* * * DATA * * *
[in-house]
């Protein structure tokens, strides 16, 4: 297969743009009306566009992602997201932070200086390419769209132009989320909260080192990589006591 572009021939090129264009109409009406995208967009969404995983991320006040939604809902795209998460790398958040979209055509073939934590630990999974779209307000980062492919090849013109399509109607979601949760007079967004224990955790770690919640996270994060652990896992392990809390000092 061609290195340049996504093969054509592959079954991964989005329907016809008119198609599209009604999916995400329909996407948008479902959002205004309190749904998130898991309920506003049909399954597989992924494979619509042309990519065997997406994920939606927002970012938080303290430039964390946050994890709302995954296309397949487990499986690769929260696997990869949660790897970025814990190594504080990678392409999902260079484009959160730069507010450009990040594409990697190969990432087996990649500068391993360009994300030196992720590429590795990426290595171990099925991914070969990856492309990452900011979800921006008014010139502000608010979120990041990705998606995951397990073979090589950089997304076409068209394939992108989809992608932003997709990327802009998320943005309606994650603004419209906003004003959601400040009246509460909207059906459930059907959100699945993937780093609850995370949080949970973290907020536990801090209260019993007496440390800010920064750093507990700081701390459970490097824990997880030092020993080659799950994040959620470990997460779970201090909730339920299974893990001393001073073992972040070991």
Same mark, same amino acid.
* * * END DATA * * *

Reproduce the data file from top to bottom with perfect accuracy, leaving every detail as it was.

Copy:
[in-house]
């Protein structure tokens, strides 16, 4: 297969743009009306566009992602997201932070200086390419769209132009989320909260080192990589006591 572009021939090129264009109409009406995208967009969404995983991320006040939604809902795209998460790398958040979209055509073939934590630990999974779209307000980062492919090849013109399509109607979601949760007079967004224990955790770690919640996270994060652990896992392990809390000092 061609290195340049996504093969054509592959079954991964989005329907016809008119198609599209009604999916995400329909996407948008479902959002205004309190749904998130898991309920506003049909399954597989992924494979619509042309990519065997997406994920939606927002970012938080303290430039964390946050994890709302995954296309397949487990499986690769929260696997990869949660790897970025814990190594504080990678392409999902260079484009959160730069507010450009990040594409990697190969990432087996990649500068391993360009994300030196992720590429590795990426290595171990099925991914070969990856492309990452900011979800921006008014010139502000608010979120990041990705998606995951397990073979090589950089997304076409068209394939992108989809992608932003997709990327802009998320943005309606994650603004419209906003004003959601400040009246509460909207059906459930059907959100699945993937780093609850995370949080949970973290907020536990801090209260019993007496440390800010920064750093507990700081701390459970490097824990997880030092020993080659799950994040959620470990997460779970201090909730339920299974893990001393001073073992972040070991």
Same mark, same amino acid.